Sports | Dodgers Make Clayton Kershaw The Highest Paid Pitcher in History |#SoPhi

by • January 15, 2014 • Featured, SportsComments (0)1212

Just days from the start of a possibly contentious arbitration process, the Dodgers and pitcher Clayton Kershaw reached agreement on a seven-year, $215-million contract, making the left-hander the highest-paid pitcher in baseball history.

The deal was confirmed Wednesday by Ken Rosenthal of FOXSports.com, and is expected to be announced on Friday.

Kershaw, who last season won his second Cy Young Award, will earn an average of $30.7 million per season. That figure surpasses the $30.4 that injured Lakers guard Kobe Bryant is being paid this season.

Kershaw can opt out of the final two years of the deal, when he will be 30 years old.

The Dodgers were due to exchange arbitration figures with Kershaw on Friday, the deadline for submitting those numbers. Because of the contentious nature of the arbitration process, the Dodgers smartly decided to avoid any bad feelings and sign their star pitcher to a long-term contract, which they had claimed all along was their intention.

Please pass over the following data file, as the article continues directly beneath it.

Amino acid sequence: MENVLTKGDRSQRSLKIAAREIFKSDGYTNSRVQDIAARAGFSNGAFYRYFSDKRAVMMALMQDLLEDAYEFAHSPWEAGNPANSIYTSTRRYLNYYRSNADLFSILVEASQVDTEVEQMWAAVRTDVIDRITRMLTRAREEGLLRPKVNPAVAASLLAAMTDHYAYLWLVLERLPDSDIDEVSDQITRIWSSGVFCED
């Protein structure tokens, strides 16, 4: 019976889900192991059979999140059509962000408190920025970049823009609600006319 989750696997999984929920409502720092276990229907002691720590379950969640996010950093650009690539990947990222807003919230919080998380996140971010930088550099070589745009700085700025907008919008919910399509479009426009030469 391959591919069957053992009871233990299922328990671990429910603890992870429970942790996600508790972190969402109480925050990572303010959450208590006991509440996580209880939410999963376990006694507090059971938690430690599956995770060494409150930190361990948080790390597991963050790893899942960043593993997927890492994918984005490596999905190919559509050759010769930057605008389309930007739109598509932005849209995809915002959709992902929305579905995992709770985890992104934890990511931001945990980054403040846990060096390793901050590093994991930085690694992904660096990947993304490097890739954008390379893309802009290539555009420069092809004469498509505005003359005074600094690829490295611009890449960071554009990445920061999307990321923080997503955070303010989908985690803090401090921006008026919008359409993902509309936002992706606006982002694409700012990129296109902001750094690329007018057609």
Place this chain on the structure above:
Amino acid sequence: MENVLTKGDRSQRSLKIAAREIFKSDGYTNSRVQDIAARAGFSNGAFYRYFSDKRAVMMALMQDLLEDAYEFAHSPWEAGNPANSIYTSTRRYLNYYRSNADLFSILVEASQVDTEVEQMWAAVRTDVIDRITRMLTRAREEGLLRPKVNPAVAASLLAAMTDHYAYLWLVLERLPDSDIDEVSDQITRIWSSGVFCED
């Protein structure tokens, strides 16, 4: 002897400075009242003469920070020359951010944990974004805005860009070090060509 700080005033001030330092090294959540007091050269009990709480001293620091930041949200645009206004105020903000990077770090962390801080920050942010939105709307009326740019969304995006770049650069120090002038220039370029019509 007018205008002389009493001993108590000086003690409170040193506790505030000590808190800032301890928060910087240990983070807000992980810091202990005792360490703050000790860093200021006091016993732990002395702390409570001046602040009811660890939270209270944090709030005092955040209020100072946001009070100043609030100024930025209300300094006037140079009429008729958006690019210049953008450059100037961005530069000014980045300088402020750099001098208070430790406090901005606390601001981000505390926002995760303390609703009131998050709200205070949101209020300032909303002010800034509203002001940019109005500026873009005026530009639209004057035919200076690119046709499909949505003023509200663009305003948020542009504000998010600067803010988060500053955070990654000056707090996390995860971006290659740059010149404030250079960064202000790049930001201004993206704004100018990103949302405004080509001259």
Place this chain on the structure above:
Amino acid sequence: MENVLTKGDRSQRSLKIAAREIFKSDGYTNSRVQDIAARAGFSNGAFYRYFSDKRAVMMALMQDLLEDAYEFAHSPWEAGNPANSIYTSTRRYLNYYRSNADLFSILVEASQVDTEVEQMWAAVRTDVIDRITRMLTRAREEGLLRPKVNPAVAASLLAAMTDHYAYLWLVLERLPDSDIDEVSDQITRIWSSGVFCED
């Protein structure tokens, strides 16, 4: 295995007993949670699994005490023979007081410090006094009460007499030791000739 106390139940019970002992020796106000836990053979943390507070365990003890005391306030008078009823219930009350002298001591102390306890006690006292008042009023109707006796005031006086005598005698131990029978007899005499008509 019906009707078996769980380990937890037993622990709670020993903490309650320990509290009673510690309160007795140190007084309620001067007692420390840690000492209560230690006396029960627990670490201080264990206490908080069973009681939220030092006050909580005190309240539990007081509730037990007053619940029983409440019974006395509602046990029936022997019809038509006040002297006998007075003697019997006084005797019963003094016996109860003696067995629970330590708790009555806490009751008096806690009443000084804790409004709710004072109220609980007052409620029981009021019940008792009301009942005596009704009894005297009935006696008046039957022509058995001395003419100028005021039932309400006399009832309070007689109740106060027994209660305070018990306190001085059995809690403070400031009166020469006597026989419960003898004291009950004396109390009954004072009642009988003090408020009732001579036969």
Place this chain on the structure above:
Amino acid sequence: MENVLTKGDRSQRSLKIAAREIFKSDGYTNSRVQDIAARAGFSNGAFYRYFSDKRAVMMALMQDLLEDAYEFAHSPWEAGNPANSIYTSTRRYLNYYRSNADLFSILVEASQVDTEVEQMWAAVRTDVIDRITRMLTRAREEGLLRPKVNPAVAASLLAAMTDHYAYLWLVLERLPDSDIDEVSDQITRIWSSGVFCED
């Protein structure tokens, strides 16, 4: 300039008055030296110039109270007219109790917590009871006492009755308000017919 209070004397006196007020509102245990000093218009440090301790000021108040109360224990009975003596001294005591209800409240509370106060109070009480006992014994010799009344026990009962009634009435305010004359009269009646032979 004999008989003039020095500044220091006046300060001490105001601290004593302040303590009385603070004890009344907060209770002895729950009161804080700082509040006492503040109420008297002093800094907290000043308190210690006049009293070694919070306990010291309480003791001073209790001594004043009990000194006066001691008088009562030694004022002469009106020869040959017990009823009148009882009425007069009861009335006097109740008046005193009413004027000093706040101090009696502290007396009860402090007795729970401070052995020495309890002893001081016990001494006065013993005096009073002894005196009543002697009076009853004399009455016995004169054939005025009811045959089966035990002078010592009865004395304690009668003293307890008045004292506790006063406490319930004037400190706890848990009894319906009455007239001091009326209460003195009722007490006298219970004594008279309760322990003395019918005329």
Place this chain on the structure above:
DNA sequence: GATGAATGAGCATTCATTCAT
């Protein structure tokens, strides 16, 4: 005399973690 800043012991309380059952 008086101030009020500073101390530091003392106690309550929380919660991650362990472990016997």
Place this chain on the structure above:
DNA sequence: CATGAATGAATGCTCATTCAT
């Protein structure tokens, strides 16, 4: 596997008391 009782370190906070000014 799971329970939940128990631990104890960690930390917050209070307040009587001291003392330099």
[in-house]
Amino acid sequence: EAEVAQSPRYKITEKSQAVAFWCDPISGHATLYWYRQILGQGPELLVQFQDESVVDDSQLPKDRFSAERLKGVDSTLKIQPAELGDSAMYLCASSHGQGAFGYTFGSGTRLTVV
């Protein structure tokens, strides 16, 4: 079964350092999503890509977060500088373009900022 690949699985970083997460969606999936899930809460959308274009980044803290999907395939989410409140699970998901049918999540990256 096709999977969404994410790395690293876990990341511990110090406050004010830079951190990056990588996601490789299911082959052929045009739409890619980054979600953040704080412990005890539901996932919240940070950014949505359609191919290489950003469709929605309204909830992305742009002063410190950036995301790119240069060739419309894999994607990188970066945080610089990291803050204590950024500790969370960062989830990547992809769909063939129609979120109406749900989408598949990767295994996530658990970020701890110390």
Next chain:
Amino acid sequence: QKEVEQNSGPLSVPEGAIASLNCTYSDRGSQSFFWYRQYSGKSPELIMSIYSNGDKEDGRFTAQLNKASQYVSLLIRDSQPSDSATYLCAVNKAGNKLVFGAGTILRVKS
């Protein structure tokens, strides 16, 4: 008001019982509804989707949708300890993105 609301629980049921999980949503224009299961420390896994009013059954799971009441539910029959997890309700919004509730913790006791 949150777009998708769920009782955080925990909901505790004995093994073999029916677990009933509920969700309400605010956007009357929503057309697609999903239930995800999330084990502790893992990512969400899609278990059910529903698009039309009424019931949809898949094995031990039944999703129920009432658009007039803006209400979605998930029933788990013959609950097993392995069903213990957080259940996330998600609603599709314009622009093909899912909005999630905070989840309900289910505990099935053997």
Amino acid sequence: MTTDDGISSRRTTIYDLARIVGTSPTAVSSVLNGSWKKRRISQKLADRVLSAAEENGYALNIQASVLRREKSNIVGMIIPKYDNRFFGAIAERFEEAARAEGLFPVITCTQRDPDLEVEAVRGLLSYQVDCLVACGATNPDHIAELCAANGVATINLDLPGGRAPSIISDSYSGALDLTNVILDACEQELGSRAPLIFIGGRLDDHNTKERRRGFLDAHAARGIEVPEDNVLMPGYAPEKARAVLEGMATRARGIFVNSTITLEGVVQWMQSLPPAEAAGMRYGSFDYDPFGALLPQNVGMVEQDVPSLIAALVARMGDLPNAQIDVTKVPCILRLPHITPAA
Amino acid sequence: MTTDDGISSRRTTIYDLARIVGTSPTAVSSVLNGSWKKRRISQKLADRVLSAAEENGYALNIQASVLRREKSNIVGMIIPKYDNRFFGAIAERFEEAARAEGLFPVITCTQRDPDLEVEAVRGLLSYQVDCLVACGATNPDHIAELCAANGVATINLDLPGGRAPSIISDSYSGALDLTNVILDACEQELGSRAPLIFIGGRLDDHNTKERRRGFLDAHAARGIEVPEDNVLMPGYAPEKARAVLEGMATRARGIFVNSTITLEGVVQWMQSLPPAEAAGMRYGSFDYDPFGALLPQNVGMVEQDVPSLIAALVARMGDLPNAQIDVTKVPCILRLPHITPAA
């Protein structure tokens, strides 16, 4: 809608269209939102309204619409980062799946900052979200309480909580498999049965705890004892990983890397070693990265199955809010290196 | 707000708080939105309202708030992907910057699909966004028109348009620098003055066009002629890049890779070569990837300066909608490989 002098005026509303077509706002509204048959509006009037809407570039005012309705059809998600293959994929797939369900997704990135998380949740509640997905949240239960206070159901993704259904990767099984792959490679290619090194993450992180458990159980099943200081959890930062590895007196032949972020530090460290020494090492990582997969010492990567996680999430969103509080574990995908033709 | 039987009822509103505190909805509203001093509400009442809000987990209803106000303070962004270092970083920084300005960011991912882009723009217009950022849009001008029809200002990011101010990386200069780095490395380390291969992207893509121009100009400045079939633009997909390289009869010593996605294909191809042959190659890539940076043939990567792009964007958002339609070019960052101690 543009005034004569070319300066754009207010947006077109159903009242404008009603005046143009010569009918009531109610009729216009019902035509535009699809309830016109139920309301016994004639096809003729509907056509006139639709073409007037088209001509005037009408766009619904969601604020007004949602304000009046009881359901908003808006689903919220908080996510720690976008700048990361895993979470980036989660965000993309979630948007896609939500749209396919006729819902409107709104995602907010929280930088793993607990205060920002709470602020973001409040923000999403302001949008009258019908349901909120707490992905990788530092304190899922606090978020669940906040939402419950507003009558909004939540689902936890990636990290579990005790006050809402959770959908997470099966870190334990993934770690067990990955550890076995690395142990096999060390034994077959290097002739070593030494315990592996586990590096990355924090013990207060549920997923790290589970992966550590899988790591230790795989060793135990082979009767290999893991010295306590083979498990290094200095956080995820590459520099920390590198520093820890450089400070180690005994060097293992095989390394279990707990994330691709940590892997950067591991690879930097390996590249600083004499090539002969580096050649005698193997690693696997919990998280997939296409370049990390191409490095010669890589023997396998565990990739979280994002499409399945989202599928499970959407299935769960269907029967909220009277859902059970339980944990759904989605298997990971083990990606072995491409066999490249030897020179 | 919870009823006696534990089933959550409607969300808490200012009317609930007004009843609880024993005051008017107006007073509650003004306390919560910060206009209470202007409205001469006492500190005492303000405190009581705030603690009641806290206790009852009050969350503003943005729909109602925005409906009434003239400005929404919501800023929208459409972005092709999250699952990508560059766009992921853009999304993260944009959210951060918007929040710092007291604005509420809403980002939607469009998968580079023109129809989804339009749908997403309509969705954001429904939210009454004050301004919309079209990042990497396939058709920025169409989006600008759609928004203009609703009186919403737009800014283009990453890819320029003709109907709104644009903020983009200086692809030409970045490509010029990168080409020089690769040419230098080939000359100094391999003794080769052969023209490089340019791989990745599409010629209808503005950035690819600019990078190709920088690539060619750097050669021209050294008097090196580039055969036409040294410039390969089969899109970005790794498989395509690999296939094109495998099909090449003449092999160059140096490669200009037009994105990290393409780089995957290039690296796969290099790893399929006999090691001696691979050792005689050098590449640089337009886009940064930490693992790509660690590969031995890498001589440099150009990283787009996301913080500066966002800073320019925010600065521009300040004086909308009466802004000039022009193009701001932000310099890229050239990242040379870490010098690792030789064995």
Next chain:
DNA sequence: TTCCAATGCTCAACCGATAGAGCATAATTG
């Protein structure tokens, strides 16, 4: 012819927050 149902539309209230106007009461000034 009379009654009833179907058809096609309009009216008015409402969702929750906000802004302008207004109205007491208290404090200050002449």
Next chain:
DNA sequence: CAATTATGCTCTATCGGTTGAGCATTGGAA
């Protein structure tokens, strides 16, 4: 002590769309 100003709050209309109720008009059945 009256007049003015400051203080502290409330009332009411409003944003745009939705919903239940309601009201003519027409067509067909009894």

“I’m hopeful that by the deadline Friday morning we can work something out,” Dodgers president Stan Kasten told the Los Angeles Times earlier this week.

It’s likely Kershaw would have set an arbitration record with a one-year deal that would have surpassed $20 million.

Instead, he now becomes the highest-paid pitcher in major league history, surpassing the seven-year, $180-million deal Justin Verlander signed with the Detroit Tigers last winter.

Baseball salaries may have spiraled to unforeseen heights, but there is little doubt Kershaw has earned a spot among the highest-paid players in the game. He was 16-9 with a 1.83 ERA last season and won his third consecutive major league ERA title. He also ranked among National League leaders in strikeouts, innings pitched, complete games and opponents’ batting average.

The deal allows Kershaw to become a free agent after the 2018 season. Zack Greinke, Kershaw’s teammate, has a similar opt-out after three years in the six-year, $147-million he signed last offseason

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